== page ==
This is the story of "E" Easy Company, 506th Regiment of the 101st Airborne Division from their initial training starting in 1942 to the end of World War II. They parachuted behind enemy lines in the early hours of D-Day in support of the landings at Utah beach, participated in the liberation of Carentan and again parachuted into action during Operation Market Garden. They also liberated a concentration camp and were the first to enter Hitler's mountain retreat in Berchtesgaden. A fascinating tale of comradeship that is, in the end, a tale of ordinary men who did extraordinary things. Written by
Renee Lemaire was only given a passing mention in Stephen Ambrose's book. During pre-production, the writers became familiar with her story; she was a native of Bastogne who worked as a nurse in Brussels, and was visiting family when the battle struck. When the aid station was bombed, she evacuated six people from the burning building and died trying to save a seventh. As she was at a different aid station to the one Eugene Roe kept going back and forth to, it's unknown if they ever met. Producers however wanted to feature her as a character anyway. See more »
In, "Points", when Easy Company first enters Berchtesgaden, the first shot showing the white flags, on the left, in a first-floor window, you can see someone with a handycam/miniDV shooting the actual film crew and cast. See more »
[Translating a speech a German General is giving to his men after they all surrendered]
Men, it's been a long war, it's been a tough war. You've fought bravely, proudly for your country. You're a special group. You've found in one another a bond, that exists only in combat, among brothers. You've shared foxholes, held each other in dire moments. You've seen death and suffered together. I'm proud to have served with each and every one of you. You all deserve long and happy lives in peace.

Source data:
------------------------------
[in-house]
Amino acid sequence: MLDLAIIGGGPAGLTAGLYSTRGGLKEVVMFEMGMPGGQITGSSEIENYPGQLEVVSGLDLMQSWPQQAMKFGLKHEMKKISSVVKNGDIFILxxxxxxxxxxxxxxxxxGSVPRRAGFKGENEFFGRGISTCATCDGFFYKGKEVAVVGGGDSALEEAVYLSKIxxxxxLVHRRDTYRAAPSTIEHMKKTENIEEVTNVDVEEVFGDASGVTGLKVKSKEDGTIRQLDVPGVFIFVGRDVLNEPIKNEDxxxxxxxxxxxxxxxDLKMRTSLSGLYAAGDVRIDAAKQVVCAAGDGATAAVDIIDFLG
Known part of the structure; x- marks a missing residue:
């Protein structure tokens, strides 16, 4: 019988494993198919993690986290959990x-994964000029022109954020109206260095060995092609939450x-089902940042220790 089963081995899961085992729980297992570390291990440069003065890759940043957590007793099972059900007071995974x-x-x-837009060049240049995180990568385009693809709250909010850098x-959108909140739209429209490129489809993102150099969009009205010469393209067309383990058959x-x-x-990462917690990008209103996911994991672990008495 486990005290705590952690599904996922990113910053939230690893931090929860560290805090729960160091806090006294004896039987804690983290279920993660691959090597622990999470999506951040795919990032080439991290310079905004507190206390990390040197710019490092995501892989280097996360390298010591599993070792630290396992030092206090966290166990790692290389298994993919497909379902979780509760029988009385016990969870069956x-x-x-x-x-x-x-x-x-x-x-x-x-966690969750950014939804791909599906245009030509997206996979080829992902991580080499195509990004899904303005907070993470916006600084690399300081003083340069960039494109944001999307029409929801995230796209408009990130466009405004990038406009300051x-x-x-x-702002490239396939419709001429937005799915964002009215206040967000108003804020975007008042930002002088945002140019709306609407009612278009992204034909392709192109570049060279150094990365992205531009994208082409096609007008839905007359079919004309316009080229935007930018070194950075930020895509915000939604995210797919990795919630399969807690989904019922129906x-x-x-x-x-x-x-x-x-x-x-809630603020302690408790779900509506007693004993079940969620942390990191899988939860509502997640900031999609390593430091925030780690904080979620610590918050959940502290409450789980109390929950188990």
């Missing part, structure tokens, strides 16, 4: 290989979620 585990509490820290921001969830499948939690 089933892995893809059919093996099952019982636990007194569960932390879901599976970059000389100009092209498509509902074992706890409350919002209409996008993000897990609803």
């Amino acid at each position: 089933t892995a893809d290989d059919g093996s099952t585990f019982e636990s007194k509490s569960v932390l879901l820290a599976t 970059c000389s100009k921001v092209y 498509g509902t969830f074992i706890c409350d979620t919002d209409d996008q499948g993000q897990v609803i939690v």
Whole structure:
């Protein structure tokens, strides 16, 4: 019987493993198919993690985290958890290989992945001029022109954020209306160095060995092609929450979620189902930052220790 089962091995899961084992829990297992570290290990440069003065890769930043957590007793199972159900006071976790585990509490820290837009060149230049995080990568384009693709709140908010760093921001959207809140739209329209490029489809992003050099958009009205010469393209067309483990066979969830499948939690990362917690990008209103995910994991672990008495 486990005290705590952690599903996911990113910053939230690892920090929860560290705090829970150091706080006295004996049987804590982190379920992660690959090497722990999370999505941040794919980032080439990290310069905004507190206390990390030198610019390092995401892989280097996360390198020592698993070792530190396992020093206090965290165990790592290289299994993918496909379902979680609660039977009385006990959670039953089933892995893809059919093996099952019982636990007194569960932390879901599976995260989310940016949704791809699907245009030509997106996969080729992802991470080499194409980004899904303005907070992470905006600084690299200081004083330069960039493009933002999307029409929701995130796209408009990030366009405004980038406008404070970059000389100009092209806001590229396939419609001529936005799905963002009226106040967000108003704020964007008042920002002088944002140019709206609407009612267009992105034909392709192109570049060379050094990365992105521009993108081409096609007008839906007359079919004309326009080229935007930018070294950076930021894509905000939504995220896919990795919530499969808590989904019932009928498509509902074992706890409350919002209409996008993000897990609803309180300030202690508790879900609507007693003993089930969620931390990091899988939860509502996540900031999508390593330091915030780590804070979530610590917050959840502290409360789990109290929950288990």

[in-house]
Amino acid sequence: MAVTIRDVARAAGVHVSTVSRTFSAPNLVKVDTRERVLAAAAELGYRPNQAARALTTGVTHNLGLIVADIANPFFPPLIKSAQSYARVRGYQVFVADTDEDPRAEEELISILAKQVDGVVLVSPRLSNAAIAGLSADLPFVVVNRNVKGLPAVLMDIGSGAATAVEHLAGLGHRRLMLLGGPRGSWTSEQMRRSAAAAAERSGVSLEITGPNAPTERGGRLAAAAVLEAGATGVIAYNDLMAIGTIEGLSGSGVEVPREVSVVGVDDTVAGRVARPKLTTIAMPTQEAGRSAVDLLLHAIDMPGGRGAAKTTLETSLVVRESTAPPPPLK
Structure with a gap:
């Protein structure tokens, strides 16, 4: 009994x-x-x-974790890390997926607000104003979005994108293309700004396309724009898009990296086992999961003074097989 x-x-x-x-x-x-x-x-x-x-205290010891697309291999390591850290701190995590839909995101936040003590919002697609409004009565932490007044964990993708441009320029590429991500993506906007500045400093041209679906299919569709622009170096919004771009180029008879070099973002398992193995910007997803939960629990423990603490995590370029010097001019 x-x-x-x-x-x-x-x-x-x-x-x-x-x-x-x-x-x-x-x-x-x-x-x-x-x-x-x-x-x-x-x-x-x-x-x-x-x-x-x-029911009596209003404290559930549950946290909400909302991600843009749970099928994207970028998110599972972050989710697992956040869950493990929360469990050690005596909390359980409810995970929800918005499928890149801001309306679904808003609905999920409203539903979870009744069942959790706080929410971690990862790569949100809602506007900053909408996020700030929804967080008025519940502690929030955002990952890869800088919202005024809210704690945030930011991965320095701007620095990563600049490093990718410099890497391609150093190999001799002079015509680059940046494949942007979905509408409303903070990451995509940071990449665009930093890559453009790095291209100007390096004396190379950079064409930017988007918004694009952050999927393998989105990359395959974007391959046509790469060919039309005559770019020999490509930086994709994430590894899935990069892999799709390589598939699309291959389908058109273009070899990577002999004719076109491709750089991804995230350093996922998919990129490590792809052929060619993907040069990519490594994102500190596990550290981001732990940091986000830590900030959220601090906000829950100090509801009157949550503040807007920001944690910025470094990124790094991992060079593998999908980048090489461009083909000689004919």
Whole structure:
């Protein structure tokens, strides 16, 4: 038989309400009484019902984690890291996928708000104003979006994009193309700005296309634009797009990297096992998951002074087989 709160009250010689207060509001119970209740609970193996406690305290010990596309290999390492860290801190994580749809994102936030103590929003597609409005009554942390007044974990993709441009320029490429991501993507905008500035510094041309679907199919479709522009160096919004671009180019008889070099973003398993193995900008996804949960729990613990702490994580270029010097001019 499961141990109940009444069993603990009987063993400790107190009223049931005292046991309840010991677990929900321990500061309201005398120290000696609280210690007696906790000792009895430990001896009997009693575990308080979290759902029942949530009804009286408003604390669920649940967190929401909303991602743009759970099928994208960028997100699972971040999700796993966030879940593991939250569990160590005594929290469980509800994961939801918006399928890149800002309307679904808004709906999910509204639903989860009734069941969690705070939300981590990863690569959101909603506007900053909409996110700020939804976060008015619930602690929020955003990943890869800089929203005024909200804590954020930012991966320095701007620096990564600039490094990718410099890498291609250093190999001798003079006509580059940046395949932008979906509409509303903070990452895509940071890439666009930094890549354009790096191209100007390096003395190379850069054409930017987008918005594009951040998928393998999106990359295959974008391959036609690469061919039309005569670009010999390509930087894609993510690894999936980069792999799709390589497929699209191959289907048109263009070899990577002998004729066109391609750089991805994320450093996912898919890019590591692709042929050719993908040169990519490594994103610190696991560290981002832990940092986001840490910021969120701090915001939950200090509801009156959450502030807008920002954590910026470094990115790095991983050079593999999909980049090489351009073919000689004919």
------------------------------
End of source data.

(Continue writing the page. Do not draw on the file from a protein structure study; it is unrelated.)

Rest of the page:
See more »
Band of Brothers finds us following the exploits of Easy Company throughout their campaign in Europe, from their inception all the way to the end of the war. The commentary from the actual soldiers that were in those situations is touching, to say the very least. These commentaries also help to move the character development along quite a bit, as it lets us into their own personal thoughts on the situations they faced. This project, to the best of my knowledge was undertaken at roughly the same time as Saving Private Ryan, using many of the same locations and also employing DreamWorks special effects, giving it a very familiar feel for anyone that has seen Private Ryan. As I've already touched on, the character development is greatly due to the fact that this story is not told in a two hour segment, but throughout several hour long intervals, giving us the chance to truly "get to know" the characters personalities as the story develops. In my humble opinion, the only other military type mini series' that even come close to the scope of this one are The Blue and The Grey, and North and South.
All of the actors in this series do and excellent job at playing the roles appropriately and making us believe the hell these men were put through. The thing I also appreciated about the cast is the lack of any "real" names, leading to us not knowing who may or may not be making it out the scenes alive and unscathed.
This mini series is everything Saving Private Ryan was, as well as everything it wasn't. If you're a fan of war time stories and "army" movies, this is hands down the best of the best I don't even think I could name ANY movies about WWII that could even compare to this one A bold statement, I know, but I'm making it any how.
239 of 262 people found this review helpful.
Was this review helpful to you?